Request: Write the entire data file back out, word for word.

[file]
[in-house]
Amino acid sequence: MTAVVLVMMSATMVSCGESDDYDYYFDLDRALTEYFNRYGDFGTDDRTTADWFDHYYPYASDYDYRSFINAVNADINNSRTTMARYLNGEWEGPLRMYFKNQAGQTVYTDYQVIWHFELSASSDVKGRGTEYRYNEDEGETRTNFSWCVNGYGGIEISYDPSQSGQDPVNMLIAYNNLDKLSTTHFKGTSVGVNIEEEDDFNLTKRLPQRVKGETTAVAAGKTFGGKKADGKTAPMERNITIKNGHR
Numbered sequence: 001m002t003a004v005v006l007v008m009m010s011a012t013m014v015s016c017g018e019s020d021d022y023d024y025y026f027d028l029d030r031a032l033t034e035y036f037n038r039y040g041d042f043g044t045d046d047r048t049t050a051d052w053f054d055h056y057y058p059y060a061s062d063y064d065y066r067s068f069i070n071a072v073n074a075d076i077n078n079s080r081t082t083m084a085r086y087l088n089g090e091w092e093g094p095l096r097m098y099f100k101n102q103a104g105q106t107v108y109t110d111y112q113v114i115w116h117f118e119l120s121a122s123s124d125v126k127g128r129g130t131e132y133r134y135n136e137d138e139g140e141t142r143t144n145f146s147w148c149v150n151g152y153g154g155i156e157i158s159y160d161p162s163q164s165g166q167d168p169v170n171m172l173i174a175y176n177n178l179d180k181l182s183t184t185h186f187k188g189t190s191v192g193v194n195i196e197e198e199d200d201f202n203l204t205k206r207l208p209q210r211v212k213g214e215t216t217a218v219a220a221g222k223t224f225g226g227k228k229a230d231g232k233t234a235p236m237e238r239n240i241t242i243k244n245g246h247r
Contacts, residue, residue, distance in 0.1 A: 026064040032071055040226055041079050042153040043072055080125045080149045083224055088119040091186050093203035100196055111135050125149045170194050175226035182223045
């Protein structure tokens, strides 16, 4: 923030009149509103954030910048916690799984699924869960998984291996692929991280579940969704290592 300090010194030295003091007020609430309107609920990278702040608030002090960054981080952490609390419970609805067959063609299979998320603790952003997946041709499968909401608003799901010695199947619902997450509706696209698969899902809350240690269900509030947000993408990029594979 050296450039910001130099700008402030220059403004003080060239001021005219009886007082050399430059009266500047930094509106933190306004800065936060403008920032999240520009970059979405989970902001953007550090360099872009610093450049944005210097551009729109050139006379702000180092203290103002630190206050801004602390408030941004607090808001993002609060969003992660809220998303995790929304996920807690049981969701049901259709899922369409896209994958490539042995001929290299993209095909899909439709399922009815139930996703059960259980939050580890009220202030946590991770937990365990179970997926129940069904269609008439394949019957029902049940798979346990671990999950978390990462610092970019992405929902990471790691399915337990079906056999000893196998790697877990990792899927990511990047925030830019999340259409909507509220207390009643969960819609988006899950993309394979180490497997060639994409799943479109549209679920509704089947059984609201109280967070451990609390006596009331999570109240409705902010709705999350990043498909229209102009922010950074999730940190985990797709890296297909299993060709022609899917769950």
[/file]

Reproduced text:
[in-house]
Amino acid sequence: MTAVVLVMMSATMVSCGESDDYDYYFDLDRALTEYFNRYGDFGTDDRTTADWFDHYYPYASDYDYRSFINAVNADINNSRTTMARYLNGEWEGPLRMYFKNQAGQTVYTDYQVIWHFELSASSDVKGRGTEYRYNEDEGETRTNFSWCVNGYGGIEISYDPSQSGQDPVNMLIAYNNLDKLSTTHFKGTSVGVNIEEEDDFNLTKRLPQRVKGETTAVAAGKTFGGKKADGKTAPMERNITIKNGHR
Numbered sequence: 001m002t003a004v005v006l007v008m009m010s011a012t013m014v015s016c017g018e019s020d021d022y023d024y025y026f027d028l029d030r031a032l033t034e035y036f037n038r039y040g041d042f043g044t045d046d047r048t049t050a051d052w053f054d055h056y057y058p059y060a061s062d063y064d065y066r067s068f069i070n071a072v073n074a075d076i077n078n079s080r081t082t083m084a085r086y087l088n089g090e091w092e093g094p095l096r097m098y099f100k101n102q103a104g105q106t107v108y109t110d111y112q113v114i115w116h117f118e119l120s121a122s123s124d125v126k127g128r129g130t131e132y133r134y135n136e137d138e139g140e141t142r143t144n145f146s147w148c149v150n151g152y153g154g155i156e157i158s159y160d161p162s163q164s165g166q167d168p169v170n171m172l173i174a175y176n177n178l179d180k181l182s183t184t185h186f187k188g189t190s191v192g193v194n195i196e197e198e199d200d201f202n203l204t205k206r207l208p209q210r211v212k213g214e215t216t217a218v219a220a221g222k223t224f225g226g227k228k229a230d231g232k233t234a235p236m237e238r239n240i241t242i243k244n245g246h247r
Contacts, residue, residue, distance in 0.1 A: 026064040032071055040226055041079050042153040043072055080125045080149045083224055088119040091186050093203035100196055111135050125149045170194050175226035182223045
């Protein structure tokens, strides 16, 4: 923030009149509103954030910048916690799984699924869960998984291996692929991280579940969704290592 300090010194030295003091007020609430309107609920990278702040608030002090960054981080952490609390419970609805067959063609299979998320603790952003997946041709499968909401608003799901010695199947619902997450509706696209698969899902809350240690269900509030947000993408990029594979 050296450039910001130099700008402030220059403004003080060239001021005219009886007082050399430059009266500047930094509106933190306004800065936060403008920032999240520009970059979405989970902001953007550090360099872009610093450049944005210097551009729109050139006379702000180092203290103002630190206050801004602390408030941004607090808001993002609060969003992660809220998303995790929304996920807690049981969701049901259709899922369409896209994958490539042995001929290299993209095909899909439709399922009815139930996703059960259980939050580890009220202030946590991770937990365990179970997926129940069904269609008439394949019957029902049940798979346990671990999950978390990462610092970019992405929902990471790691399915337990079906056999000893196998790697877990990792899927990511990047925030830019999340259409909507509220207390009643969960819609988006899950993309394979180490497997060639994409799943479109549209679920509704089947059984609201109280967070451990609390006596009331999570109240409705902010709705999350990043498909229209102009922010950074999730940190985990797709890296297909299993060709022609899917769950």